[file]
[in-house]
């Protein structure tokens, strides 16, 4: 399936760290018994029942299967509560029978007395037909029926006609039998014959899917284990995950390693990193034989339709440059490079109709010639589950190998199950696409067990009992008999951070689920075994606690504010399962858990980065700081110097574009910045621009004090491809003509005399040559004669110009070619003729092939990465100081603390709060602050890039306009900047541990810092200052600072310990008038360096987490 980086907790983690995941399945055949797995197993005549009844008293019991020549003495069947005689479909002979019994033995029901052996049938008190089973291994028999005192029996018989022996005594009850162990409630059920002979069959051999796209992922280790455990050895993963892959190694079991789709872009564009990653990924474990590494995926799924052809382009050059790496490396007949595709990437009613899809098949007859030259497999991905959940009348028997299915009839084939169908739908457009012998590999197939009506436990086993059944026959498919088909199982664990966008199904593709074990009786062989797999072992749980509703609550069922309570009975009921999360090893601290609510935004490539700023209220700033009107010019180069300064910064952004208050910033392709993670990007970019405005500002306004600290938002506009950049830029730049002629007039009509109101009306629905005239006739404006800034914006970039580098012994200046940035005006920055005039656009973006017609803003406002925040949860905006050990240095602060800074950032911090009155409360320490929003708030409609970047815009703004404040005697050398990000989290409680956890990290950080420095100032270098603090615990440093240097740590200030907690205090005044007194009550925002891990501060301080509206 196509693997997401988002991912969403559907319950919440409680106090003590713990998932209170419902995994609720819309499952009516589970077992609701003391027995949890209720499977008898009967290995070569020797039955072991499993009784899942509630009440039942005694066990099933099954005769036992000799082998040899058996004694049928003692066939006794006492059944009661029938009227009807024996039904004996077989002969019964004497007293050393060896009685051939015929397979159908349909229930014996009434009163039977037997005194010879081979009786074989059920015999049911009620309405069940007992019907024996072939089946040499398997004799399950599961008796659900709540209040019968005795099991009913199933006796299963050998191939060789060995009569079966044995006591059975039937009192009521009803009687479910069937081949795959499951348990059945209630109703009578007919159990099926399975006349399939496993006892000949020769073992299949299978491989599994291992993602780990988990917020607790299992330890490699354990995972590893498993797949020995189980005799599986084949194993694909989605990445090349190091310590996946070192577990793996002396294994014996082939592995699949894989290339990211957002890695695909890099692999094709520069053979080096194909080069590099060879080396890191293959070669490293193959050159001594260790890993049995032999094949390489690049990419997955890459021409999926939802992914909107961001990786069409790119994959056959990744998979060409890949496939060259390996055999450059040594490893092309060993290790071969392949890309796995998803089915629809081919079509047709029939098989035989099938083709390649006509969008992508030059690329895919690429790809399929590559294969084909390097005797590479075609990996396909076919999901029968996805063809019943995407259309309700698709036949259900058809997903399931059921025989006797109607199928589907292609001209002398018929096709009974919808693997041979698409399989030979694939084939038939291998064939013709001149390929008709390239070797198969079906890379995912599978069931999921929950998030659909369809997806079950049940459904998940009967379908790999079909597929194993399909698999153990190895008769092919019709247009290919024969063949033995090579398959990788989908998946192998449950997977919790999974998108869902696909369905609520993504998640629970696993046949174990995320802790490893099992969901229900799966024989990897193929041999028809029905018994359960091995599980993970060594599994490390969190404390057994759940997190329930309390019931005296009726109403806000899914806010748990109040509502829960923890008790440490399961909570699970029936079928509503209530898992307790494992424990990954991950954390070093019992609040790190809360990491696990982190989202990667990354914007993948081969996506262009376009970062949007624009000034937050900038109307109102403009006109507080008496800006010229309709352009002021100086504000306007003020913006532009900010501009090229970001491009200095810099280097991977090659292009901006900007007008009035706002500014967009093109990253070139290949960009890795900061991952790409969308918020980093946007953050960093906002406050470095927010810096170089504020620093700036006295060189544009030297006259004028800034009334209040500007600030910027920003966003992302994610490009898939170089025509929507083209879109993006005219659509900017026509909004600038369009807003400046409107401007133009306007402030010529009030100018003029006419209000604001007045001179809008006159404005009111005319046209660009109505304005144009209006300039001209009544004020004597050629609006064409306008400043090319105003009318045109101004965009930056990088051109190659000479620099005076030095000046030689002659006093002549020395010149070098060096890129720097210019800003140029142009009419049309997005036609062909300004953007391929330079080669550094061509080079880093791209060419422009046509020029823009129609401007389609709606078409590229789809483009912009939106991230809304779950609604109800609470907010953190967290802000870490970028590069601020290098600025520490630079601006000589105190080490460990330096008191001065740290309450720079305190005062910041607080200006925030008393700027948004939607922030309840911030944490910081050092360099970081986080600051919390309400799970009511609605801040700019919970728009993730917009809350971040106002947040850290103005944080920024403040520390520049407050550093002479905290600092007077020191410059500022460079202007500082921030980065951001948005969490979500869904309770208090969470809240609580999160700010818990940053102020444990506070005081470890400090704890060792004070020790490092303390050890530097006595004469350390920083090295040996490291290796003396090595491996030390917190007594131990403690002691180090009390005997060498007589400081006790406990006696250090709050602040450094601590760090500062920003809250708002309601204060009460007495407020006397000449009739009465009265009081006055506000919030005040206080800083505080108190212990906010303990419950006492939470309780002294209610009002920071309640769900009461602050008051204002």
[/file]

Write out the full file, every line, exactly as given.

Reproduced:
[in-house]
């Protein structure tokens, strides 16, 4: 399936760290018994029942299967509560029978007395037909029926006609039998014959899917284990995950390693990193034989339709440059490079109709010639589950190998199950696409067990009992008999951070689920075994606690504010399962858990980065700081110097574009910045621009004090491809003509005399040559004669110009070619003729092939990465100081603390709060602050890039306009900047541990810092200052600072310990008038360096987490 980086907790983690995941399945055949797995197993005549009844008293019991020549003495069947005689479909002979019994033995029901052996049938008190089973291994028999005192029996018989022996005594009850162990409630059920002979069959051999796209992922280790455990050895993963892959190694079991789709872009564009990653990924474990590494995926799924052809382009050059790496490396007949595709990437009613899809098949007859030259497999991905959940009348028997299915009839084939169908739908457009012998590999197939009506436990086993059944026959498919088909199982664990966008199904593709074990009786062989797999072992749980509703609550069922309570009975009921999360090893601290609510935004490539700023209220700033009107010019180069300064910064952004208050910033392709993670990007970019405005500002306004600290938002506009950049830029730049002629007039009509109101009306629905005239006739404006800034914006970039580098012994200046940035005006920055005039656009973006017609803003406002925040949860905006050990240095602060800074950032911090009155409360320490929003708030409609970047815009703004404040005697050398990000989290409680956890990290950080420095100032270098603090615990440093240097740590200030907690205090005044007194009550925002891990501060301080509206 196509693997997401988002991912969403559907319950919440409680106090003590713990998932209170419902995994609720819309499952009516589970077992609701003391027995949890209720499977008898009967290995070569020797039955072991499993009784899942509630009440039942005694066990099933099954005769036992000799082998040899058996004694049928003692066939006794006492059944009661029938009227009807024996039904004996077989002969019964004497007293050393060896009685051939015929397979159908349909229930014996009434009163039977037997005194010879081979009786074989059920015999049911009620309405069940007992019907024996072939089946040499398997004799399950599961008796659900709540209040019968005795099991009913199933006796299963050998191939060789060995009569079966044995006591059975039937009192009521009803009687479910069937081949795959499951348990059945209630109703009578007919159990099926399975006349399939496993006892000949020769073992299949299978491989599994291992993602780990988990917020607790299992330890490699354990995972590893498993797949020995189980005799599986084949194993694909989605990445090349190091310590996946070192577990793996002396294994014996082939592995699949894989290339990211957002890695695909890099692999094709520069053979080096194909080069590099060879080396890191293959070669490293193959050159001594260790890993049995032999094949390489690049990419997955890459021409999926939802992914909107961001990786069409790119994959056959990744998979060409890949496939060259390996055999450059040594490893092309060993290790071969392949890309796995998803089915629809081919079509047709029939098989035989099938083709390649006509969008992508030059690329895919690429790809399929590559294969084909390097005797590479075609990996396909076919999901029968996805063809019943995407259309309700698709036949259900058809997903399931059921025989006797109607199928589907292609001209002398018929096709009974919808693997041979698409399989030979694939084939038939291998064939013709001149390929008709390239070797198969079906890379995912599978069931999921929950998030659909369809997806079950049940459904998940009967379908790999079909597929194993399909698999153990190895008769092919019709247009290919024969063949033995090579398959990788989908998946192998449950997977919790999974998108869902696909369905609520993504998640629970696993046949174990995320802790490893099992969901229900799966024989990897193929041999028809029905018994359960091995599980993970060594599994490390969190404390057994759940997190329930309390019931005296009726109403806000899914806010748990109040509502829960923890008790440490399961909570699970029936079928509503209530898992307790494992424990990954991950954390070093019992609040790190809360990491696990982190989202990667990354914007993948081969996506262009376009970062949007624009000034937050900038109307109102403009006109507080008496800006010229309709352009002021100086504000306007003020913006532009900010501009090229970001491009200095810099280097991977090659292009901006900007007008009035706002500014967009093109990253070139290949960009890795900061991952790409969308918020980093946007953050960093906002406050470095927010810096170089504020620093700036006295060189544009030297006259004028800034009334209040500007600030910027920003966003992302994610490009898939170089025509929507083209879109993006005219659509900017026509909004600038369009807003400046409107401007133009306007402030010529009030100018003029006419209000604001007045001179809008006159404005009111005319046209660009109505304005144009209006300039001209009544004020004597050629609006064409306008400043090319105003009318045109101004965009930056990088051109190659000479620099005076030095000046030689002659006093002549020395010149070098060096890129720097210019800003140029142009009419049309997005036609062909300004953007391929330079080669550094061509080079880093791209060419422009046509020029823009129609401007389609709606078409590229789809483009912009939106991230809304779950609604109800609470907010953190967290802000870490970028590069601020290098600025520490630079601006000589105190080490460990330096008191001065740290309450720079305190005062910041607080200006925030008393700027948004939607922030309840911030944490910081050092360099970081986080600051919390309400799970009511609605801040700019919970728009993730917009809350971040106002947040850290103005944080920024403040520390520049407050550093002479905290600092007077020191410059500022460079202007500082921030980065951001948005969490979500869904309770208090969470809240609580999160700010818990940053102020444990506070005081470890400090704890060792004070020790490092303390050890530097006595004469350390920083090295040996490291290796003396090595491996030390917190007594131990403690002691180090009390005997060498007589400081006790406990006696250090709050602040450094601590760090500062920003809250708002309601204060009460007495407020006397000449009739009465009265009081006055506000919030005040206080800083505080108190212990906010303990419950006492939470309780002294209610009002920071309640769900009461602050008051204002």